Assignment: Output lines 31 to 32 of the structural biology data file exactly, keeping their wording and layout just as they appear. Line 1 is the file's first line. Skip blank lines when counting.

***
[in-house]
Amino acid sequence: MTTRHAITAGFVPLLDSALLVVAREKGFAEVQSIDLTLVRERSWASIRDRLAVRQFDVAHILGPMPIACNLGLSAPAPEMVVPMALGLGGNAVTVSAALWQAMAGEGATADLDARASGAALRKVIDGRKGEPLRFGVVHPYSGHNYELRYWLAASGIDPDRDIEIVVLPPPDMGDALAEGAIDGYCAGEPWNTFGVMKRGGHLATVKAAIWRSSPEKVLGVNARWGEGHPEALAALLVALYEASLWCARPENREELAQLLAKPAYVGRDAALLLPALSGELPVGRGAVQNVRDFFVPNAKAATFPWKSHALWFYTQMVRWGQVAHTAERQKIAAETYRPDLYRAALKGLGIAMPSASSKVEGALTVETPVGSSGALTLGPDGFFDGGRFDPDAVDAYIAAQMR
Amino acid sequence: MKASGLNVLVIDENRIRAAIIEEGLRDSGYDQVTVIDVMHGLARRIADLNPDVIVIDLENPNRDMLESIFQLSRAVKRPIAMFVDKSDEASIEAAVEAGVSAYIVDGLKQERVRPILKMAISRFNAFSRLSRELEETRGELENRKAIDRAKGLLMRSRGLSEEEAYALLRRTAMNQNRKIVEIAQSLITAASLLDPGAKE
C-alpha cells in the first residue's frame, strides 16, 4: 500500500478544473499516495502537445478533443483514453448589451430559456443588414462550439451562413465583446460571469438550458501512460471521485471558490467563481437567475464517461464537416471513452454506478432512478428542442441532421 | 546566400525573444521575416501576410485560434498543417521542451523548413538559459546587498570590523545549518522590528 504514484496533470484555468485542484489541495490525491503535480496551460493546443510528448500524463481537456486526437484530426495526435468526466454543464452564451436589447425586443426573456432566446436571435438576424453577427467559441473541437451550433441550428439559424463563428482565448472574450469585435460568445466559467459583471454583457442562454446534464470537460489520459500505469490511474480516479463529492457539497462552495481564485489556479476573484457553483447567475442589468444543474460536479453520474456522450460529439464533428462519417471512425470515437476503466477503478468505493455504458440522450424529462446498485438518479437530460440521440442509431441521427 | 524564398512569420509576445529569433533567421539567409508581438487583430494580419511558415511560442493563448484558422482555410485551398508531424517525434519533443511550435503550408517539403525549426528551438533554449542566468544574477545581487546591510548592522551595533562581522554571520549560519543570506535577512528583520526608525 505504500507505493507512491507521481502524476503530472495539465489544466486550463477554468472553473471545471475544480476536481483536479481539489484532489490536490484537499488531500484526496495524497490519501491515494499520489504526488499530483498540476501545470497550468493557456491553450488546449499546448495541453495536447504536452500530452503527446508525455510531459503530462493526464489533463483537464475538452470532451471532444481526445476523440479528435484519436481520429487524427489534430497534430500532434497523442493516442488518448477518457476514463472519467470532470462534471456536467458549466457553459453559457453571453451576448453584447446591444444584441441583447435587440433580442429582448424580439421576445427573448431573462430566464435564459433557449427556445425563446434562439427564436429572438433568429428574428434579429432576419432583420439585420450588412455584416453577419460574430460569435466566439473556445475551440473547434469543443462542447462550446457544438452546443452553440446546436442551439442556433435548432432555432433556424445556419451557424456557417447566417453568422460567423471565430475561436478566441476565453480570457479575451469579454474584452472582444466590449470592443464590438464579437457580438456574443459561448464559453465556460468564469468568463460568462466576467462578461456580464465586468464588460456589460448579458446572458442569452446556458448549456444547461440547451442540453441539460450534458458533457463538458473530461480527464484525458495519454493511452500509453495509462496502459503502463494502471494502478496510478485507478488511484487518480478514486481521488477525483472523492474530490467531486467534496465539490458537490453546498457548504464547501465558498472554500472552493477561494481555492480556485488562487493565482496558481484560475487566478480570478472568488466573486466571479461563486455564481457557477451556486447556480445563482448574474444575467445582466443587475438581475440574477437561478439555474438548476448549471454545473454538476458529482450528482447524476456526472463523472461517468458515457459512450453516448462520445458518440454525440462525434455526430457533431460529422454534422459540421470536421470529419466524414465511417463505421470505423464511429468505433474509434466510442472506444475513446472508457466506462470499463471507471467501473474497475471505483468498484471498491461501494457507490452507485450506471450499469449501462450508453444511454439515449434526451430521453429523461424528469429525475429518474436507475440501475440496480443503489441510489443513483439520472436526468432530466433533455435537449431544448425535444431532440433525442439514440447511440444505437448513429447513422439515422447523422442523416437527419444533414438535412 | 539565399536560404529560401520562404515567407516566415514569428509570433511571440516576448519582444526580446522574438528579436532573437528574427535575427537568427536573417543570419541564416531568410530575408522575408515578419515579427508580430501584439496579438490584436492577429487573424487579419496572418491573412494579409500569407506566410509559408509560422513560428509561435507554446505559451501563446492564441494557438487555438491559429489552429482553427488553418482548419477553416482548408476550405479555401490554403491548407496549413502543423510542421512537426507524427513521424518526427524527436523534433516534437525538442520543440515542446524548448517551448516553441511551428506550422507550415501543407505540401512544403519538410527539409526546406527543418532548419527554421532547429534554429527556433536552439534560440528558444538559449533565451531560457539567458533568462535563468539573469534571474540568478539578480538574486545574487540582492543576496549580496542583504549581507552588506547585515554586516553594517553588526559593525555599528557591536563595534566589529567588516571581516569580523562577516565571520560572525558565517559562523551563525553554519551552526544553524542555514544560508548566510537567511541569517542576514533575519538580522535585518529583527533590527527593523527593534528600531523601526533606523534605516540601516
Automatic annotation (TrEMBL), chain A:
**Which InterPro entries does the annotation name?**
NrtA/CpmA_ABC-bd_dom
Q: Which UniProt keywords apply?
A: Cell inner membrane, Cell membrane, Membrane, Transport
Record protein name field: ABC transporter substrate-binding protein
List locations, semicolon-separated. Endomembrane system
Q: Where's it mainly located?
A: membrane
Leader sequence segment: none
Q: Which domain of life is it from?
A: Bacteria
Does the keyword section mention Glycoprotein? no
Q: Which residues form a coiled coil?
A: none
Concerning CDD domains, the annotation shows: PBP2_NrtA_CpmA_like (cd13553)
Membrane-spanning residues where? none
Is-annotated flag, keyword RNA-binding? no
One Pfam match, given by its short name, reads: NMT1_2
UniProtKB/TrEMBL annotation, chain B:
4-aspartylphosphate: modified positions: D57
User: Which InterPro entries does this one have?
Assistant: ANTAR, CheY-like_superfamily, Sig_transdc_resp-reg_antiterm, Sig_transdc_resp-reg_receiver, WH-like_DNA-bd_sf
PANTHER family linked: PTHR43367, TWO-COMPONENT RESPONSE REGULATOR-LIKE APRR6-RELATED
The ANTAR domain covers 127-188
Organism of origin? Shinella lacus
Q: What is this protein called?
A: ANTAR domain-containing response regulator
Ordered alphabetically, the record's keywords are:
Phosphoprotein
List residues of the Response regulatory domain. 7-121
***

Q: What is this protein called?
A: ANTAR domain-containing response regulator